TransCanada then reapplied for a Presidential permit and proposed an alternate route. The State Department conducted a subsequent final Environment Impact Statement (EIS) and issued a report on January 31, 2014. Many groups and individuals have commented on the report, and a broad interagency group of eight federal agencies including the Departments of Defense, Energy, Homeland Security and the Environmental Protection Agency (EPA) evaluated a variety of factors prior to making  recommendations on the permit application. The President's Executive Order (EO) specifically mandates that in order to receive a permit the pipeline must be in the "national interest." 

I will continue to monitor developments on this important issue, and will work with my colleagues to put together a sustainable energy policy that will meet the needs of the American people, now and in the years to come. Again, thank you for contacting me. For further information or to sign up for my newsletter please visit my website at


United States Senator

In this email, Warner reveals the primary reason for the Keystone Pipeline XL project. The pipeline would transport crude oil from Canada to refineries on the Gulf of Mexico for export. This statement clearly means that the only benefit to the US will be to oil refineries on the Gulf of Mexico, which will profit by refining the oil and selling it to foreigners.

The State Department's Environmental Impact Report, which I will call the Whitewash, states plainly that oil refiners in Texas and Louisiana need to find more crude oil to refine, because oil production has been declining in Mexico and Venezuela. The XL project thus lets fossil fuel exploiters keep pumping CO2 into the atmosphere when there is a possibility to produce less. Furthermore, all the US benefits will be going to a few oil billionaires in Texas and Louisiana, the very same vermin who have been using dark money and huge campaign donations to thwart the will of the people. (Whitewash §1.3.1)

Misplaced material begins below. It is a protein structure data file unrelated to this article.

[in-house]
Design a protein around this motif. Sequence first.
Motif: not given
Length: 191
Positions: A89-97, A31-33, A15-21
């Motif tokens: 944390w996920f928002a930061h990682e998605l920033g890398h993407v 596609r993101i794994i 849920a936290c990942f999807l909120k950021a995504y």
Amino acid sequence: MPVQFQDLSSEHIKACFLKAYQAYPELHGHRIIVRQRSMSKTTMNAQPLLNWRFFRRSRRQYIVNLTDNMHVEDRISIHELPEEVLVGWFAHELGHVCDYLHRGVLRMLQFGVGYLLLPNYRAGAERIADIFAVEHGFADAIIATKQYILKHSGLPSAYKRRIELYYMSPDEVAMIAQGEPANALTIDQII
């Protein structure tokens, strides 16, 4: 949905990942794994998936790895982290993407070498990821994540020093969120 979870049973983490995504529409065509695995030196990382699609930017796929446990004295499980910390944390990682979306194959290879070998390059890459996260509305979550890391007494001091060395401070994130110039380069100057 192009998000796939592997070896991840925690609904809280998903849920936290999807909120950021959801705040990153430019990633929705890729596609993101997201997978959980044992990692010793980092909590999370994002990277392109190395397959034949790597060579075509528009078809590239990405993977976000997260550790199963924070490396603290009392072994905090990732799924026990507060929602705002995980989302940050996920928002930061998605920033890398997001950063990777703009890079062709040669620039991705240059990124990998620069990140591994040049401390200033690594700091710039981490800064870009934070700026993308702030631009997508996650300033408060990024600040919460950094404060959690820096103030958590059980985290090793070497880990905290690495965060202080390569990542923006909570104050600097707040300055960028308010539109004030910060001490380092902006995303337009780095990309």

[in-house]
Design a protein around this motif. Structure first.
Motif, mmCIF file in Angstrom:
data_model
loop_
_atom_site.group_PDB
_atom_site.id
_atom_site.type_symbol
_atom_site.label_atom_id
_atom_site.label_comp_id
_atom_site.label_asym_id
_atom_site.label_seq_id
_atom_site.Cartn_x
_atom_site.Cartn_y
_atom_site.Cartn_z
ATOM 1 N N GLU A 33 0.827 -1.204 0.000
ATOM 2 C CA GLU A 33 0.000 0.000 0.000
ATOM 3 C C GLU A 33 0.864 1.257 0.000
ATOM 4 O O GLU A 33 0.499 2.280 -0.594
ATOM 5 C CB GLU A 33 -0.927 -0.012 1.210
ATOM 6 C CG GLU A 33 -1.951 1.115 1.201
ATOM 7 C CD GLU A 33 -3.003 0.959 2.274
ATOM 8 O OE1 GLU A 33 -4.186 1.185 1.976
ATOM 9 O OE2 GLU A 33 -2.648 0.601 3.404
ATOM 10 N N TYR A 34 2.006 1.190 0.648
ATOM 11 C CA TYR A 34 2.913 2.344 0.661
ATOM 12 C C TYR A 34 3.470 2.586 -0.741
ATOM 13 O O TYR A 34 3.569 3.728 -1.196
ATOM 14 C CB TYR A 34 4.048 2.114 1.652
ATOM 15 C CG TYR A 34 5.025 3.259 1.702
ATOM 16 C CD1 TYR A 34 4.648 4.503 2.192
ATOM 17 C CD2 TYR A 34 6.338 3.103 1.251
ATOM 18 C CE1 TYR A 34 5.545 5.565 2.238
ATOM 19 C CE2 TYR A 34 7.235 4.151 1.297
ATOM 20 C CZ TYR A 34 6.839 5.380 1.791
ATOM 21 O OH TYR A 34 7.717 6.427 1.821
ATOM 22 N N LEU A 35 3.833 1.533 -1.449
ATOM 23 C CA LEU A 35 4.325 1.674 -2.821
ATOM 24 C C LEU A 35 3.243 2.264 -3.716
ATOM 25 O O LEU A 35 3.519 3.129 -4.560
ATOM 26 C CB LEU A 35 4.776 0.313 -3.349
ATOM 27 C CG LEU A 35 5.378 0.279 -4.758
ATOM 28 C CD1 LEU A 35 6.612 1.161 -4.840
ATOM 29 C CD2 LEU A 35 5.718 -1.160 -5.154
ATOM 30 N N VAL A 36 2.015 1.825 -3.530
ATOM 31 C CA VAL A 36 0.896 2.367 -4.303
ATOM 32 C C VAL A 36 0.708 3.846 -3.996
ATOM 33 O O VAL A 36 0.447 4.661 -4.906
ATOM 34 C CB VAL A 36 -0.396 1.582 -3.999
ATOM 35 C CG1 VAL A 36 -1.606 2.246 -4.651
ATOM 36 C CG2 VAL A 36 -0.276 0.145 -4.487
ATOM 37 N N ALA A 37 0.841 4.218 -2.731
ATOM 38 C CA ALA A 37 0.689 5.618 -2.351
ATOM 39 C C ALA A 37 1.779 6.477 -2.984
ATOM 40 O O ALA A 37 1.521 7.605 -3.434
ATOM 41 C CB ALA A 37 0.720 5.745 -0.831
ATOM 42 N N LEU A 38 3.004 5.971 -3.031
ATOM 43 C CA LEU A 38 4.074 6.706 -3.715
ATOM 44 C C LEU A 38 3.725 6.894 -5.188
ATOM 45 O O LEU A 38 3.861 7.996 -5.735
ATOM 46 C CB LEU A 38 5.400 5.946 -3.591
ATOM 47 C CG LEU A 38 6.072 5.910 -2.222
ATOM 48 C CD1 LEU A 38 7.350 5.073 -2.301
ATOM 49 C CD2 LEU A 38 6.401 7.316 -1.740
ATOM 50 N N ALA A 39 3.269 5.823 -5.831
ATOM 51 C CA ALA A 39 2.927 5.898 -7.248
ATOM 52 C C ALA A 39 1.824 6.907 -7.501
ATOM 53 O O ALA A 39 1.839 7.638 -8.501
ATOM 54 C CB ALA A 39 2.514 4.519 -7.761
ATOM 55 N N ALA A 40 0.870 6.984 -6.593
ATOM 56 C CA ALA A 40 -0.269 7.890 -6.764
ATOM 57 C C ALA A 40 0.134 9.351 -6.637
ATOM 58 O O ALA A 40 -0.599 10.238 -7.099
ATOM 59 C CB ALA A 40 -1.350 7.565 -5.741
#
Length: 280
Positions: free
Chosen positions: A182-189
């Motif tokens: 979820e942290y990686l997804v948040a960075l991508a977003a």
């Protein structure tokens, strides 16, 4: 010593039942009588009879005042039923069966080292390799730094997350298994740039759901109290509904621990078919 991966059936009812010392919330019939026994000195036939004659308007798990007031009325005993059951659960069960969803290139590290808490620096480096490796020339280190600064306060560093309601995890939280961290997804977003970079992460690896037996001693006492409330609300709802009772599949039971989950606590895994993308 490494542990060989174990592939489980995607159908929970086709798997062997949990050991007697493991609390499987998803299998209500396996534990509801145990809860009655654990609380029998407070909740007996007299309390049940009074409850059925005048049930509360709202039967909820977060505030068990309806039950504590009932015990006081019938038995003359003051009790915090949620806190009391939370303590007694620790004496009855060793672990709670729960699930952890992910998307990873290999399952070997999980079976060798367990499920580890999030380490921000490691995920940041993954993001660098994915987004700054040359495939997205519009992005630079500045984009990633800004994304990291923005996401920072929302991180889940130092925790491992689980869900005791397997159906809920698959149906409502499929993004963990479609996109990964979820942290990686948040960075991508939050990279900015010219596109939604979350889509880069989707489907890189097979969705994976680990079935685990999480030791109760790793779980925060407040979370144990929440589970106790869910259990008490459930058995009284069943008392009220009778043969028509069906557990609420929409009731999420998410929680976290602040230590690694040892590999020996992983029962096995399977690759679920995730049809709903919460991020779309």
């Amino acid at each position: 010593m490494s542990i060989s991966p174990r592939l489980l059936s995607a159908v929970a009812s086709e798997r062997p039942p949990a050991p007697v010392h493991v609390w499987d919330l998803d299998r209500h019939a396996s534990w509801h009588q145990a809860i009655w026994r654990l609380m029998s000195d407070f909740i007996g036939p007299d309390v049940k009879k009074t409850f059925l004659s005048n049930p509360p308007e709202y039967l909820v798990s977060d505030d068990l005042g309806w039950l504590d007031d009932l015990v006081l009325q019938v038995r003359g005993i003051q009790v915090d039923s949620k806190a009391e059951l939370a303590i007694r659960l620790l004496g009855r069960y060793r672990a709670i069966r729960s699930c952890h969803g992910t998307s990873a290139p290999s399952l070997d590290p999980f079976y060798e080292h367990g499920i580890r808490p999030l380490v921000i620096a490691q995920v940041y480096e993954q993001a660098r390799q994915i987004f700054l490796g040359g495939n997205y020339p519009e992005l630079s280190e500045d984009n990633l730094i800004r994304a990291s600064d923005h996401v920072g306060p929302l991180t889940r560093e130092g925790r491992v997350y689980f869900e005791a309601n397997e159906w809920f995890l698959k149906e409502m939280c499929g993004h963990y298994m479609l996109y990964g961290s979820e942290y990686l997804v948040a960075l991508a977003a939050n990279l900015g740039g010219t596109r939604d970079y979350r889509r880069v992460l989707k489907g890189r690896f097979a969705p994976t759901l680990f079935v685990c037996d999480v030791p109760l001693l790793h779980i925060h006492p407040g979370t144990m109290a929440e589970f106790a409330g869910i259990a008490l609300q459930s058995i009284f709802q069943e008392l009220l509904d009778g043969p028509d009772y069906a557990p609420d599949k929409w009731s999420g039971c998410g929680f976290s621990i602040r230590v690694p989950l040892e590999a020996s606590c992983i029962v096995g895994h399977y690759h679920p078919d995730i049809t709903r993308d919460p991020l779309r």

We should be crystal clear on this point: the fossil fuel industry will profit by this pipeline. It will not affect oil prices in the US because the oil produced is too dirty to use here. The effect on oil self-sufficiency will only benefit the fossil fuel industry that needs more oil to keep its refineries running. Not only is tar sands oil too dirty to burn in the US, it also uses more energy than other, low-sulfur oil, because it has to be processed in Canada by cooking it with natural gas. The process adds even more CO2 to the Earth's atmosphere.

Warner cites President Obama's statement that in order to receive a permit, the pipeline must be in the national interest. Warner does not explain how enriching a few oil billionaires in Texas and Louisiana is in the national interest. He also does not address the latest scientific findings, published in Nature (, that none (NONE) of the unconventional oil reserves in Canada can be burned if the world intends to keep global warming less than 2 degrees.

Warner blithely notes that the State Department took testimony from groups and individuals, but does not mention that every single environment-preservation organization in the world opposed Keystone XL Nor does he bother to explain why, since that is the case, the Congress should approve its construction anyway.

Bad Form, Senator Warner, Bad Form.